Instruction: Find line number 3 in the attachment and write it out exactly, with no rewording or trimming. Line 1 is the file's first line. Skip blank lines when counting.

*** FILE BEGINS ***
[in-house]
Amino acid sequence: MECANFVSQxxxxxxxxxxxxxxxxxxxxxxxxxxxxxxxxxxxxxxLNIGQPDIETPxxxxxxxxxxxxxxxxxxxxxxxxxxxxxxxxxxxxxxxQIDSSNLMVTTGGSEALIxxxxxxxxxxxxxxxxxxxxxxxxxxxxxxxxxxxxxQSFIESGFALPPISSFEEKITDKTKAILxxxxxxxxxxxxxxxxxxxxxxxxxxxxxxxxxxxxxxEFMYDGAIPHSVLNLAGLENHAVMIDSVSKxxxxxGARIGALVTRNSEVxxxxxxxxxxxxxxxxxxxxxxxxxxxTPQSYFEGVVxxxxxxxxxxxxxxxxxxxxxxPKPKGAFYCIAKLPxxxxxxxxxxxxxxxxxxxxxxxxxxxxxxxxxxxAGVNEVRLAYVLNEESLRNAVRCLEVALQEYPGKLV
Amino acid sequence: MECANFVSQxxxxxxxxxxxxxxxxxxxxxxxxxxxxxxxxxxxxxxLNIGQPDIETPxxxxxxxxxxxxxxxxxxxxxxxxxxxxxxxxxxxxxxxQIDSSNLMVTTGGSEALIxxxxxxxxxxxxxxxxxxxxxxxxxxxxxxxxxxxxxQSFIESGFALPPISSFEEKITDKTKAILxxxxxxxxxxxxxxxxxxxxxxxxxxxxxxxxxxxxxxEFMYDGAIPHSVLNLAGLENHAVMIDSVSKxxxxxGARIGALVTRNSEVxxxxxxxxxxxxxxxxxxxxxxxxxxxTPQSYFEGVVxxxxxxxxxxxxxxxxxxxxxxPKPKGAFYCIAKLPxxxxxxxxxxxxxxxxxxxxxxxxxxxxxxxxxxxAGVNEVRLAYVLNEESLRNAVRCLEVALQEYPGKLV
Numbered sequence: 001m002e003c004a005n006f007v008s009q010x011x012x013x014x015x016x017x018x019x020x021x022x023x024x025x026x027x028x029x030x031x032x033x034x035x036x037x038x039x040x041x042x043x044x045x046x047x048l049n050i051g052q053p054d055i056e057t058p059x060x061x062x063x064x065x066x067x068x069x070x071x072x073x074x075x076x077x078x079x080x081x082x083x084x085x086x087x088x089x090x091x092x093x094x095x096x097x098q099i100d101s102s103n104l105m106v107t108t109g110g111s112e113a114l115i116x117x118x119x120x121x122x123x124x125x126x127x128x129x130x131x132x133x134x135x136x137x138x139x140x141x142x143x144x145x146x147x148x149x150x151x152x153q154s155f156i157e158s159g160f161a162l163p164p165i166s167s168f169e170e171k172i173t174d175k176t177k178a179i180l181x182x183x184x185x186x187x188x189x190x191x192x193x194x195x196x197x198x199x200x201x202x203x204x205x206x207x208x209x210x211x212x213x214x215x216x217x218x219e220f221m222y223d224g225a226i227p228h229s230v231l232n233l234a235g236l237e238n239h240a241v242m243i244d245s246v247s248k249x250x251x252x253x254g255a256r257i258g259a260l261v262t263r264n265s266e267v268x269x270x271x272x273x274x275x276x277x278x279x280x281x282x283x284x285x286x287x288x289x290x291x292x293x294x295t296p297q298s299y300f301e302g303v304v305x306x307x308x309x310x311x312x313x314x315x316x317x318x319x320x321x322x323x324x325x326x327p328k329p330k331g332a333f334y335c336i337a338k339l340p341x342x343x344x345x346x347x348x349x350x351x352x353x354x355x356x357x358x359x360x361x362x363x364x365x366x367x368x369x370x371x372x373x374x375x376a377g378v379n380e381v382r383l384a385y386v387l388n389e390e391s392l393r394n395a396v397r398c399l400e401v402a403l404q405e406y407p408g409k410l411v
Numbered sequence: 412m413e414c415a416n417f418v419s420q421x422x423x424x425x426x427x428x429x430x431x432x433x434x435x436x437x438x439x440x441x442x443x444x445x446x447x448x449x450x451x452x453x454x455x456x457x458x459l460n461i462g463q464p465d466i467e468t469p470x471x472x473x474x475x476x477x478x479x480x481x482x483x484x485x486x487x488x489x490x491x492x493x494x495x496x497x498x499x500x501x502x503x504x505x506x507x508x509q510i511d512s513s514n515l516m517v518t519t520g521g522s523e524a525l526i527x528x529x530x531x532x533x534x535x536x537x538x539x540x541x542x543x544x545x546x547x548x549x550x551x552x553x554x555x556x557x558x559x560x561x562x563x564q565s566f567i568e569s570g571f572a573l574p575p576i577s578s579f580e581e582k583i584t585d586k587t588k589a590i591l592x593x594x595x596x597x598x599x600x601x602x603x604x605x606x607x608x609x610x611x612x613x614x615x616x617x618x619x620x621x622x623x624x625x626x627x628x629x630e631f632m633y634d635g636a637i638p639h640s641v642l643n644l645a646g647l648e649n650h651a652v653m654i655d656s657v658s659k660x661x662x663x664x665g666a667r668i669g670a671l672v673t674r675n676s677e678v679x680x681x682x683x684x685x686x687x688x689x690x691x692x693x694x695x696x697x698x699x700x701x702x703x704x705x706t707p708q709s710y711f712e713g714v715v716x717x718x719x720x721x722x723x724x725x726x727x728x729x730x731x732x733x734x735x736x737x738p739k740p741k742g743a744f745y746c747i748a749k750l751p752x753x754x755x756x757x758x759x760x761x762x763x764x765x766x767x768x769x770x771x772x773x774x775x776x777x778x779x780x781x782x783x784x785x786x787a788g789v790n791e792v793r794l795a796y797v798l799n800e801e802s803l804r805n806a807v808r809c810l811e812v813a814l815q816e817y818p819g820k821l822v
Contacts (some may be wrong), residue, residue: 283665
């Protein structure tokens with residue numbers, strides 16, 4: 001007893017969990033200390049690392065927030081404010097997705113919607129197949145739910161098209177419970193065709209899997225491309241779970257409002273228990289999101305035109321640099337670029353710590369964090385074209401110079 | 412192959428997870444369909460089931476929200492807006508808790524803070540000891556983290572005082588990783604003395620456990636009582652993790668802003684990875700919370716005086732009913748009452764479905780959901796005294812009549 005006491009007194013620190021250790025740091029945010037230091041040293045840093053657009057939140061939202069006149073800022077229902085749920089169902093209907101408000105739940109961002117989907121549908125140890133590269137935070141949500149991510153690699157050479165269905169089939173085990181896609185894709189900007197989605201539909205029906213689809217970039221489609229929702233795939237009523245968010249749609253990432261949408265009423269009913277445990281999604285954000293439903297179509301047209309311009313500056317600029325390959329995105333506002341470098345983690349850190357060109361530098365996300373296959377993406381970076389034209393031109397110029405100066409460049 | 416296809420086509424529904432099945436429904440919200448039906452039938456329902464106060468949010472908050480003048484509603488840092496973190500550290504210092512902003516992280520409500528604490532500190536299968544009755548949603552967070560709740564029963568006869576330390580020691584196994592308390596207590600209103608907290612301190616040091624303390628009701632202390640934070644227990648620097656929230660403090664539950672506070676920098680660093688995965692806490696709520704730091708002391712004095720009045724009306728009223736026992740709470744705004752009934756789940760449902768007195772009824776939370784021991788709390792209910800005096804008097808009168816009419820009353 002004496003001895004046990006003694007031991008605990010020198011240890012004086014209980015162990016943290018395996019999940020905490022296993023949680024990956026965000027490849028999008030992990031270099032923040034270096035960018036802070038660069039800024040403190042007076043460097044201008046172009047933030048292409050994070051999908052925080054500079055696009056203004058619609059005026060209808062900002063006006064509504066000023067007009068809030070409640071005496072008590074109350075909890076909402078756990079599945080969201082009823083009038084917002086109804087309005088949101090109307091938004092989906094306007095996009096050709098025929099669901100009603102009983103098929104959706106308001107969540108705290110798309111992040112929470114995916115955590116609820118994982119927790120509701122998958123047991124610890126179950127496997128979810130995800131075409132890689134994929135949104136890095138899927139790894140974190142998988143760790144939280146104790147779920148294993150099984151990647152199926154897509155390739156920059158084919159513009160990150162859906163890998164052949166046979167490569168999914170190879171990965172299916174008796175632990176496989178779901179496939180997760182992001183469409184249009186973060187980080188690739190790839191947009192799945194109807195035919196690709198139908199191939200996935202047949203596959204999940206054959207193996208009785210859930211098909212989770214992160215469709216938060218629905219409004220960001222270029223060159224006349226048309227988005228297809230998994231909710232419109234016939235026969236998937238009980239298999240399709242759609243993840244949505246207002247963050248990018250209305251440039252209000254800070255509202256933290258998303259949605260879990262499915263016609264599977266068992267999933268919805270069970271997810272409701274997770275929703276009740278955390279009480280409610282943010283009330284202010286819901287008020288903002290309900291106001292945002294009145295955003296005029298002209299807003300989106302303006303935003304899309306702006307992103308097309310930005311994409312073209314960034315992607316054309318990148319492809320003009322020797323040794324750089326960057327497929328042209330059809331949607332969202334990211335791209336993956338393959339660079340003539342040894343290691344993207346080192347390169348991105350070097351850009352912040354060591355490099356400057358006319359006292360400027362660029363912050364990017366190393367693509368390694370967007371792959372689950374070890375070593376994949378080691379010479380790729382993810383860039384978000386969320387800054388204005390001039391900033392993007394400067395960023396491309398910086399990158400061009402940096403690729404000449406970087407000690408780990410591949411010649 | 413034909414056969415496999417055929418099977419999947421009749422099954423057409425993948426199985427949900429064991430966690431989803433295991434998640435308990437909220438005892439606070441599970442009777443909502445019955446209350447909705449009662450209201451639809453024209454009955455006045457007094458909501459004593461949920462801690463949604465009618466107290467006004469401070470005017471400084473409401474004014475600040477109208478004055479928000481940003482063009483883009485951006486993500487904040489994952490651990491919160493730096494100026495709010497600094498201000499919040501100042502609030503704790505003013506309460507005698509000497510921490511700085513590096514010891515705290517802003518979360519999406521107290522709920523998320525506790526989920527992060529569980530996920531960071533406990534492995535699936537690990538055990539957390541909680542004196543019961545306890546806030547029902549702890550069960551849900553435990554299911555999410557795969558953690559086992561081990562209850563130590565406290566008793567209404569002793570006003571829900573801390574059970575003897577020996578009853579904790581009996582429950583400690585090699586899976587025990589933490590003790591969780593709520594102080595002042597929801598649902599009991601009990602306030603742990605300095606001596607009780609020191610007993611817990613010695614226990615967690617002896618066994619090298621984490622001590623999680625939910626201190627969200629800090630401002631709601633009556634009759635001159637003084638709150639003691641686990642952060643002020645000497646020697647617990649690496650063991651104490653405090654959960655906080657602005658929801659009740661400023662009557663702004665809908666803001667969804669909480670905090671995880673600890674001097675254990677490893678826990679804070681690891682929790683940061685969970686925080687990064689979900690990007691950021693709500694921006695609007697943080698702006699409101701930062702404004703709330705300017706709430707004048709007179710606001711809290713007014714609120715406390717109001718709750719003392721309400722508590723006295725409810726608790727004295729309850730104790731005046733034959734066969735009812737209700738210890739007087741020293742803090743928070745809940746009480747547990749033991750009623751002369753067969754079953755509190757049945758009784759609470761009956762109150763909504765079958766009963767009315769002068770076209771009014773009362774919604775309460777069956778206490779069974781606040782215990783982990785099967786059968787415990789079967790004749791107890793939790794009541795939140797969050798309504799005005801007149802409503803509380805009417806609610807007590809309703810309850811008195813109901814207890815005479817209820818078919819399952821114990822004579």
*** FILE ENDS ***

Amino acid sequence: MECANFVSQxxxxxxxxxxxxxxxxxxxxxxxxxxxxxxxxxxxxxxLNIGQPDIETPxxxxxxxxxxxxxxxxxxxxxxxxxxxxxxxxxxxxxxxQIDSSNLMVTTGGSEALIxxxxxxxxxxxxxxxxxxxxxxxxxxxxxxxxxxxxxQSFIESGFALPPISSFEEKITDKTKAILxxxxxxxxxxxxxxxxxxxxxxxxxxxxxxxxxxxxxxEFMYDGAIPHSVLNLAGLENHAVMIDSVSKxxxxxGARIGALVTRNSEVxxxxxxxxxxxxxxxxxxxxxxxxxxxTPQSYFEGVVxxxxxxxxxxxxxxxxxxxxxxPKPKGAFYCIAKLPxxxxxxxxxxxxxxxxxxxxxxxxxxxxxxxxxxxAGVNEVRLAYVLNEESLRNAVRCLEVALQEYPGKLV